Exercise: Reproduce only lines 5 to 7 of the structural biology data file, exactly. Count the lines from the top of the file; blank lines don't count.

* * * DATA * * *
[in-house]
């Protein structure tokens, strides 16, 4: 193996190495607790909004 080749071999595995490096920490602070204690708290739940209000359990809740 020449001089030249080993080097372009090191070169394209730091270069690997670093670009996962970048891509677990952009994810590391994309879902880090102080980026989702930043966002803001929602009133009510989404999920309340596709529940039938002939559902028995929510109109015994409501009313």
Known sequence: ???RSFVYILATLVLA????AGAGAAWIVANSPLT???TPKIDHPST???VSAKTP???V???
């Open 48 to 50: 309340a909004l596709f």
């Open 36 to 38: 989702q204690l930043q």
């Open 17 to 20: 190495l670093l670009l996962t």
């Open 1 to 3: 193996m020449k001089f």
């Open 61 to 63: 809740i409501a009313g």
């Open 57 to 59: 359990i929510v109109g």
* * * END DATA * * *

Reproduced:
């Open 36 to 38: 989702q204690l930043q």
């Open 17 to 20: 190495l670093l670009l996962t």
């Open 1 to 3: 193996m020449k001089f």